I) Report of the Federation of Malaya Constitutional Commission 1957
(London: Her Majesty’s Stationary Office)
Colonial No. 330
3. The members of the Commission were appointed in the name of Her Majesty The Queen and Their Highnesses the Rulers with terms of reference as follows:
“To examine the present constitutional arrangements throughout the Federation of Malaya, taking into account the positions and dignities of Her Majesty The Queen and of Their Highnesses the Rulers: and
To make recommendations for a federal form of constitution for the whole country as a single, self-governing unit within the Commonwealth based on Parliamentary democracy with a bicameral legislature, which would include provision for:
(i) the establishment of a strong central government with the States and Settlements enjoying a measure of autonomy (the question of the residual legislative power to be examined by, and to the subject of recommendations by the Commission) and with machinery for consultation between the central Government and the States and Settlements on certain financial matters to be specified in the Constitution;
(ii) the safeguarding of the position and prestige of Their Highnesses as constitutional Rulers of their respective States;
(iii) a constitutional Yang di-Pertuan Besar (Head of State) for the Federation to be chosen from among Their Highnesses the Rulers;
(iv) a common nationality for the whole of the Federation;
(v) the safeguarding of the special position of the Malays and the legitimate interests of other communities.”
14. In making our recommendations we have had constantly in mind two objectives: first that there must be the fullest opportunity for the growth of a united, free and democratic nation, and secondly that there must be every facility for the development of the resources of the country and the maintenance and improvement of the standard of living of the people. These objectives can only be achieved by the action of the people themselves: our task is to provide the framework most appropriate for their achievement. We must start from the present position as we find it, taking account not only of the history and tradition of Malaya but also of existing social and economic conditions. Much that is good has already been achieved and we would not seek to undo what has been done. But many existing arrangements are inappropriate for a self-governing and independent country, and, in recommending the form which the necessary political and administrative changes should take, we have borne in mind that the new provisions must be both practicable in existing circumstances and fair to all sections of the community.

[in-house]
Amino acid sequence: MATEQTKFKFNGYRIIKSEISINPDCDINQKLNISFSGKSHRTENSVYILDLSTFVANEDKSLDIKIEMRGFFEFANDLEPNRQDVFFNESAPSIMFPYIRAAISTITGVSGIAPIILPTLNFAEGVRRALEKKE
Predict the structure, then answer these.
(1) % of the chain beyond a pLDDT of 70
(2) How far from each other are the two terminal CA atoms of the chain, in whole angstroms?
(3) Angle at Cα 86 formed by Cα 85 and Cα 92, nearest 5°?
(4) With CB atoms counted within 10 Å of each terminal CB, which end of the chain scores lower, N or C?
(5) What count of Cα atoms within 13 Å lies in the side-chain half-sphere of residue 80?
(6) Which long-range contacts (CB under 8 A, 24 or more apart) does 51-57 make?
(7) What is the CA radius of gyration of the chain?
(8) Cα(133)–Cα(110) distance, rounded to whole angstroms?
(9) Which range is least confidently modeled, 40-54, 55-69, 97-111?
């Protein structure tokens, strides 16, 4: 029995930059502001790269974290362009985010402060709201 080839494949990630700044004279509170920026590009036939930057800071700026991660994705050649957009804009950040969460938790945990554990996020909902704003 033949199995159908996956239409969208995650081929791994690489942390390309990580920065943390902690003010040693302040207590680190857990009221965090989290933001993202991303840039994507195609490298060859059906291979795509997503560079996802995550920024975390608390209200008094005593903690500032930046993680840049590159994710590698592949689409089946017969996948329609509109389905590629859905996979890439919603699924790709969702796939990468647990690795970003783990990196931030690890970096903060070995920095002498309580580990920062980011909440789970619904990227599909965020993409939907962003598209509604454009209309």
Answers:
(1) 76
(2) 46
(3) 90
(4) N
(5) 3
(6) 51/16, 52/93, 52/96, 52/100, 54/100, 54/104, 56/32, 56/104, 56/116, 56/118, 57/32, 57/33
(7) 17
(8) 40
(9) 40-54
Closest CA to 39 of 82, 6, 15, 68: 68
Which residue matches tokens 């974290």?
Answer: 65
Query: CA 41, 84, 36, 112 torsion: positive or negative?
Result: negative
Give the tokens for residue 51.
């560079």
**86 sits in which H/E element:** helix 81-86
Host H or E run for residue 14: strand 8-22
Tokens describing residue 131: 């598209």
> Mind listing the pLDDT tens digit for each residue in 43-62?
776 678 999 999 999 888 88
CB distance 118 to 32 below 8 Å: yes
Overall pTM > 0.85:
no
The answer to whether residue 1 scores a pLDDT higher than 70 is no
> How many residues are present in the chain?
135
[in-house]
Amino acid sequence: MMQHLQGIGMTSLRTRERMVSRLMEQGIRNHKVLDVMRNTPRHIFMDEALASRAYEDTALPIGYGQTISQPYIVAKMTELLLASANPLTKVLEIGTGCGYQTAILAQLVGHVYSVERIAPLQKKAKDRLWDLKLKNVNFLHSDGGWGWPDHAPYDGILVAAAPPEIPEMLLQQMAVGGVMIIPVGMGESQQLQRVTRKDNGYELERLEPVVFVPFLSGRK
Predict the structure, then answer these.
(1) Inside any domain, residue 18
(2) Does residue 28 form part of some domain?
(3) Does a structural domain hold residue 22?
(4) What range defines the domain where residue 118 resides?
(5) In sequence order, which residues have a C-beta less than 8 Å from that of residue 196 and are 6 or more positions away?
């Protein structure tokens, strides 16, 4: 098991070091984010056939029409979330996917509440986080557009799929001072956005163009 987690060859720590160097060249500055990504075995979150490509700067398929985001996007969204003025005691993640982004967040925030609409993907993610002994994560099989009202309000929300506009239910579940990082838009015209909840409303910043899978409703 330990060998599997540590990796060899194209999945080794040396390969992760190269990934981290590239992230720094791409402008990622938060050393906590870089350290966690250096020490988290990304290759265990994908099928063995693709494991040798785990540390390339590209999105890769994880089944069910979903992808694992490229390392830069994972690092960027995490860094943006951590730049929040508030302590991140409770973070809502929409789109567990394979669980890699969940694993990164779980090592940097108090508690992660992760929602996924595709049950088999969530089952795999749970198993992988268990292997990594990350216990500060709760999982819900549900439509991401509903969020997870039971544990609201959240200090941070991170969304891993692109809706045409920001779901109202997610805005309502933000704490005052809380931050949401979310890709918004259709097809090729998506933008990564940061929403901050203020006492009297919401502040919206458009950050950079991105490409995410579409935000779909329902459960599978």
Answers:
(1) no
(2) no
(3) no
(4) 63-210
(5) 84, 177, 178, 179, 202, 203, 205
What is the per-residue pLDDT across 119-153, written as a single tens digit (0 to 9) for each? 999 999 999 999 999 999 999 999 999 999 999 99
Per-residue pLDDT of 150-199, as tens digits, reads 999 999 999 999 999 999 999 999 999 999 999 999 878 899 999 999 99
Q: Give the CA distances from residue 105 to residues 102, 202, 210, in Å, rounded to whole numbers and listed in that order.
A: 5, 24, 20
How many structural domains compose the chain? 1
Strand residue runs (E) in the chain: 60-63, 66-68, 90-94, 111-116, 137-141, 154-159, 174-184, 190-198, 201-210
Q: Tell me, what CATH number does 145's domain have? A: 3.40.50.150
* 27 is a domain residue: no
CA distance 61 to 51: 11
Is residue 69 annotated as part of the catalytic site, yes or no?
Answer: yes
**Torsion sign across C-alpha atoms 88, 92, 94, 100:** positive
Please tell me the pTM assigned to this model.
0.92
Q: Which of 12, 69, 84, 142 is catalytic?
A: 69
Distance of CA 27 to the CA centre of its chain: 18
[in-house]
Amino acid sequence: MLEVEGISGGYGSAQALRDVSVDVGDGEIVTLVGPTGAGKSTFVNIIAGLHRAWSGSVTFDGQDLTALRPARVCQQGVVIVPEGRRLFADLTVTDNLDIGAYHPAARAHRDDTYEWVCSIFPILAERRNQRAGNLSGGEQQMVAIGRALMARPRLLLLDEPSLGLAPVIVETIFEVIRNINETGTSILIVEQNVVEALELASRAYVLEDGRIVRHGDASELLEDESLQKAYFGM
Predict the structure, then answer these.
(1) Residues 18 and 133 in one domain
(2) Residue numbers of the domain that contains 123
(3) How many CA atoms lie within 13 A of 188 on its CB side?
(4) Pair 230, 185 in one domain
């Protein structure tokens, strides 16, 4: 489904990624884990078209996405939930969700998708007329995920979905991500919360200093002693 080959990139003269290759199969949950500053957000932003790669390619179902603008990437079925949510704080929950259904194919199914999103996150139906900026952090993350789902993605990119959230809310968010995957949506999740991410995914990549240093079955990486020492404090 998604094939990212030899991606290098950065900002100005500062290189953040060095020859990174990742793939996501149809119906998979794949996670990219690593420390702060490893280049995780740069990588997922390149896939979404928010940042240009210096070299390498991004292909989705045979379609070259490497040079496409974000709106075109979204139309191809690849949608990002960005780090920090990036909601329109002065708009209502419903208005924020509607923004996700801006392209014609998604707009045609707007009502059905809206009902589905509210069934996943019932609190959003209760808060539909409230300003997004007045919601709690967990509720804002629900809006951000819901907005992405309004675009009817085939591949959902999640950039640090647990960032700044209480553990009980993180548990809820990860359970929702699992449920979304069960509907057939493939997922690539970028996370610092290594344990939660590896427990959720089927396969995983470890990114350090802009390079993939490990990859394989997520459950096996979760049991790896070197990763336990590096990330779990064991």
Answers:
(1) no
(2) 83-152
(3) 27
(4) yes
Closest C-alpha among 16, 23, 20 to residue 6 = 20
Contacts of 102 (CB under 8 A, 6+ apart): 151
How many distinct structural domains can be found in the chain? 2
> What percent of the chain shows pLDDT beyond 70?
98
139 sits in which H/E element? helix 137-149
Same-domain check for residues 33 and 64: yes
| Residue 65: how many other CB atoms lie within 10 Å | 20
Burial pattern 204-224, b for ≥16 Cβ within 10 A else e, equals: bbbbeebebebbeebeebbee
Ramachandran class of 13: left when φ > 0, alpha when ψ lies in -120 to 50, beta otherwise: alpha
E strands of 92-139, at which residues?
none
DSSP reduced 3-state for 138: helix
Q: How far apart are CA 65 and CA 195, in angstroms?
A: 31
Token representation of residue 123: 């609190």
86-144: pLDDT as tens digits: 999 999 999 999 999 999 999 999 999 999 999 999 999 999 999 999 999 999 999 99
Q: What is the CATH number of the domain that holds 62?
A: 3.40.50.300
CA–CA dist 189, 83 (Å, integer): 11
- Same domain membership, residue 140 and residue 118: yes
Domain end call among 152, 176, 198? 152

161. A federal constitution defines and guarantees the rights of the Federation and the States: it is usual and in our opinion right that it should also define and guarantee certain fundamental individual rights which are generally regarded as essential conditions for a free and democratic way of life. The rights which we recommend should be defined and guaranteed are all firmly established now throughout Malaya and it may seem unnecessary to give them special protection in the Constitution. But we have found in certain quarters vague apprehensions about the future. We believe such apprehensions to be unfounded, but there can be no objection to guaranteeing these rights subject to limited exceptions in conditions of emergency and we recommend that this should be done. The guarantee afforded by the Constitution is the supremacy of the law and the power and duty of the Courts to enforce these rights and to annul any attempt to subvert any of them whether by legislative or administrative action or otherwise. It was suggested to us that there should also be written into the Constitution certain principles or aims of policy which could not be enforced by the Courts. We do not accept this suggestion. Any guarantee with regard to such matters would be illusory because it would be unenforceable in law and would have to be in such general terms as to give no real security. Moreover, we do not think that it is either right or practicable to attempt to limit developments of public opinion on political, social and economic policy.